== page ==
Deans of Medicine: Leadership in a Time of Whitewater Rapids
Twenty years ago, Peter Vail wrote: " Most managers are taught to think of themselves as paddling their canoes on calm, still lakes. . . . They’re led to believe that they should be pretty much able to go where they want, when they want, using means that are under their control. Sure there will be temporary disruptions during changes of various sorts–periods when they’ll have to shoot the rapids in their canoes–but the disruptions will be temporary, and when things settle back down, they’ll be back in the calm, still lake mode. But it has been my experience . . . that you never get out of the rapids. . . . The feeling is one of continuous upset and chaos” (p. 2).
By and large the metaphor of “working in whitewater” has held up well. Ask anyone today who is charged with leadership or management and you will hear the plight of persons who are more often than not convinced of the truth of Emerson’s conviction that “[e]vents are in the saddle and ride mankind.”
Nowhere is this more true than in the world of academic medicine. It speaks volume that increases in the costs of higher education over the past three decades are invariably compared unfavorably with those of health care, a sector often seen as “out of control”. And there is a special place in financial hell for medical students, more than 80 per cent of whom graduated in 2015 with educational debt averaging more than $200,000 (Association of American Medical Colleges, 2015).
Leading a college of medical education may actually require extending the whitewater metaphor to include the high falls many deans feel are just beyond the next bend. Confronted by a landscape in which fee-for-service is challenged and dealing with illness and injury is expected to change to preventing and avoiding both, medical colleges are tasked with finding ways to educate students in very different ways, including adding more to an already-stretched program of training. Containing costs to students thus assumes enormous importance.
Moreover, the Affordable Care Act (ACA) focuses very much on primary care physicians as opposed to specialists. But the aging of America creates medical needs that at least for the foreseeable future requires specialization or else patient wait times will grow or the elderly will have the burden of traveling greater distances to obtain care. Responding to which demand becomes problematic and influences an array of choices a dean of medicine has to make, including faculty hiring and facilities.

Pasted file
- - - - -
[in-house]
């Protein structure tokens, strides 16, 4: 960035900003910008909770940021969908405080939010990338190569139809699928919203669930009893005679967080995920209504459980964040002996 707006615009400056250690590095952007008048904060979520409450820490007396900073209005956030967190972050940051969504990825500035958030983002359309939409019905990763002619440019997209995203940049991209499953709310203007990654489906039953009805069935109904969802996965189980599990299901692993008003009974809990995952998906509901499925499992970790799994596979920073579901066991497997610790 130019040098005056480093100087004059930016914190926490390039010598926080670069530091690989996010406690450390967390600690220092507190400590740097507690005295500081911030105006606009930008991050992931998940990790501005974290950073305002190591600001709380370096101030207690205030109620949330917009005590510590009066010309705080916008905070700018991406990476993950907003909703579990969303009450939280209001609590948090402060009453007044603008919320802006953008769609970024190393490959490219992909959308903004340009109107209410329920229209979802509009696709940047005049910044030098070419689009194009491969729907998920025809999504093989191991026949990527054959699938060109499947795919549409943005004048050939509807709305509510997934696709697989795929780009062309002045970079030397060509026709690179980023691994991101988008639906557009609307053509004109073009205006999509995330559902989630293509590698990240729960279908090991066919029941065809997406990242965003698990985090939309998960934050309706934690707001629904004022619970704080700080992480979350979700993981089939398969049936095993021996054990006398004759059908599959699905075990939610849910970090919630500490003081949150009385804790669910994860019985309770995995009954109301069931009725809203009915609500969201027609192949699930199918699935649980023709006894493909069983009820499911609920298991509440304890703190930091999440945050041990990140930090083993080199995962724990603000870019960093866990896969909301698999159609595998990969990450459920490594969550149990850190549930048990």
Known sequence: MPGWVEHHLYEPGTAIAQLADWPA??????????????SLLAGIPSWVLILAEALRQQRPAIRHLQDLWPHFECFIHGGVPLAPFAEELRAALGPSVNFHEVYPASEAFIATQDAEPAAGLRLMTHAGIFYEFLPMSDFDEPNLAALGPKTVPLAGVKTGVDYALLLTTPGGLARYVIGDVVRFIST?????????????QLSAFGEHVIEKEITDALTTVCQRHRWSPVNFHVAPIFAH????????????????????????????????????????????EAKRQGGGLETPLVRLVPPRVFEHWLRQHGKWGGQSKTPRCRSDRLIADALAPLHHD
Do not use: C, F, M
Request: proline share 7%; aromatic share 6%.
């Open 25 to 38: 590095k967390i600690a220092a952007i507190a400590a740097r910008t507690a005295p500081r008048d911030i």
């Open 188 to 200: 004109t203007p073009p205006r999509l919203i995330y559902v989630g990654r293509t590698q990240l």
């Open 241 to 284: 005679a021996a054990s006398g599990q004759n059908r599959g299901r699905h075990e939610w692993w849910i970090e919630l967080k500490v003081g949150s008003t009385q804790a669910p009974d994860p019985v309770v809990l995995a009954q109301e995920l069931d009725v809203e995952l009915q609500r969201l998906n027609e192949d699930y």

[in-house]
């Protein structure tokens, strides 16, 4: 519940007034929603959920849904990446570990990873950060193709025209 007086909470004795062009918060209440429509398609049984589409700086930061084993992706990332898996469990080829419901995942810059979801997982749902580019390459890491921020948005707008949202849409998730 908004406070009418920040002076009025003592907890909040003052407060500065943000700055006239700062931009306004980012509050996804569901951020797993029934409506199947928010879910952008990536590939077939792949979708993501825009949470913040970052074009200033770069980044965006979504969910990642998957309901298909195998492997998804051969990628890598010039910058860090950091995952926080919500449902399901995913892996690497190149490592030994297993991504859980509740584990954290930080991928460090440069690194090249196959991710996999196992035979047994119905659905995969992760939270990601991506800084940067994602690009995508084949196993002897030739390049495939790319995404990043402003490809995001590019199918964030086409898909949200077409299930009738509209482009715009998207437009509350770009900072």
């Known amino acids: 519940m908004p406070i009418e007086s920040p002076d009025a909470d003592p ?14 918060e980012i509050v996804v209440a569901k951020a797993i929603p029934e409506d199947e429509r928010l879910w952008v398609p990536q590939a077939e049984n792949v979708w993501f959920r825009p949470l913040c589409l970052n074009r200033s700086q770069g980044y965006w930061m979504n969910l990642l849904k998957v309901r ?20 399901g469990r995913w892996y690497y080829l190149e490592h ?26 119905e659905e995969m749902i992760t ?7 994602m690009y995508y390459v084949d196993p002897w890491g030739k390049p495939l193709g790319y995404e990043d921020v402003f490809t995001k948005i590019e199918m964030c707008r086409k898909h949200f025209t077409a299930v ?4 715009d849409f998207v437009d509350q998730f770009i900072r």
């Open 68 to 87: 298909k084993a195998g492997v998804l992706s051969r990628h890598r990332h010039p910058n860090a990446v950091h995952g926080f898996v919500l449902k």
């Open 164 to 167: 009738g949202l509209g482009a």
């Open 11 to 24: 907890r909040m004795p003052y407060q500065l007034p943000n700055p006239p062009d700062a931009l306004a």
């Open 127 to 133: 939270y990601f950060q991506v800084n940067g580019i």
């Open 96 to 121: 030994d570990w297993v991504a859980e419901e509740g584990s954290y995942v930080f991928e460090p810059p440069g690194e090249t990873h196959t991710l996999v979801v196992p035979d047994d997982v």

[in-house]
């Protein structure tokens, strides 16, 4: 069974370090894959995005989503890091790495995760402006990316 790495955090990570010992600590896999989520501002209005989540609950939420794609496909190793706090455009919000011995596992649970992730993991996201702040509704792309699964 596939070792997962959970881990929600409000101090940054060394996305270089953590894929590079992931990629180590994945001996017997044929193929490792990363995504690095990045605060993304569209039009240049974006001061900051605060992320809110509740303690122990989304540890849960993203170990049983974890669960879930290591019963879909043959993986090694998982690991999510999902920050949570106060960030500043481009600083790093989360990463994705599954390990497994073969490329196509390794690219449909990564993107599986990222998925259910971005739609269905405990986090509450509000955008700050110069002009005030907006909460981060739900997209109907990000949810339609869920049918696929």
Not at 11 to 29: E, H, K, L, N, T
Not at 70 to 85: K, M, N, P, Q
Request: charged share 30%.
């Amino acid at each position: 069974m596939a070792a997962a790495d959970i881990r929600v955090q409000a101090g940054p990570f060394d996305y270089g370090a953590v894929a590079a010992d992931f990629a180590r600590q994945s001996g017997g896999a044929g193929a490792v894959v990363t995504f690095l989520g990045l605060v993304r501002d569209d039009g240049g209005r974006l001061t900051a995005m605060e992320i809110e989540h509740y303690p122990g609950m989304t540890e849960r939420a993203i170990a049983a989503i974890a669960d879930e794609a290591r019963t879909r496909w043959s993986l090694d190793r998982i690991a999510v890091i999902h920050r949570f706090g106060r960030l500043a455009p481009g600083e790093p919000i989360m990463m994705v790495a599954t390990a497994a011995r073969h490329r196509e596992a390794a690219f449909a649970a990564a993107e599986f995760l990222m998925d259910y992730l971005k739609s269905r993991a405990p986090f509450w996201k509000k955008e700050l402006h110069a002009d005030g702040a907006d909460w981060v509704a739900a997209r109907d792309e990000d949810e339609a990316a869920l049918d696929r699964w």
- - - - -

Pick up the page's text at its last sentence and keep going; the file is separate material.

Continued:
Some of these challenges are not entirely new. What is new is the scope and the rate of change with which the medical dean must contend. Technology has long been a source of change for medicine, but now technology is challenging the way faculty teach and students learn as well. Virtual reality, for example, could alter established pedagogy and not just didactics but also clinical experiences.
Technology is also changing patient-physician relationships, with more and more individual information available to each patient. Artificial intelligence can expedite the transfer of information from patient to physician and expand the opportunity for person-to-person engagement.
Health-care analytics made possible by electronic records and advances in computing are already beginning to identify parts of the health-care continuum that add costs without a commensurate return on the resources being invested in that aspect of care. While no one yet sees in health care or medical education what Buckminster Fuller called “ephemeralization” – technological advances that enable us to do more and more with less and less – it is possible to envision a time in which the art and science of medicine are vastly improved as a result of technology. Whether the social and economic structures of health care can adapt to such change remains to be seen.
All of this and more fall within the purview of the dean of medicine; not to the granular level but as strategic opportunities and threats not easily denied. The sorts of medical deans needed for such a brave, new world must be strategic and possess the sort of macro-level understanding of the forces at work in health care and medical education. S/he must be a change agent but never forget how hard change is on most of the people encountered in everyday life.
Deans of medicine cannot “protect” anyone from the forces of change already at work on both medicine and education any more than a kayaker can slow the rush of whitewater or soften the boulders that will be encountered. But medical colleges are not battleships (though to some deans they may well seem so) that can only be steered incrementally and they are not new and fragile institutions. Vision, very clear vision is required and yet the future is no less volatile than the recent past, so risk is, of necessity, everpresent.
Medical education needs leaders who can understand that “[t]o some extent. . ., everybody is resistant to change. . . . Leadership is about doing what you think is right and then building a constituency behind it” (Michael Bloomberg, 2012).
Albert Lee and Eric Hoyle, “Who Will Become a Successful Dean of Faculty of Medicine: Academic or Clinician or Administrator,” Medical Teacher (July 2009).
Eugene Rich, Diane Magrane and Darrell Kirch, “Qualities of the Medical School Dean: Insights from the Literature,” Academic Medicine (May 2008).
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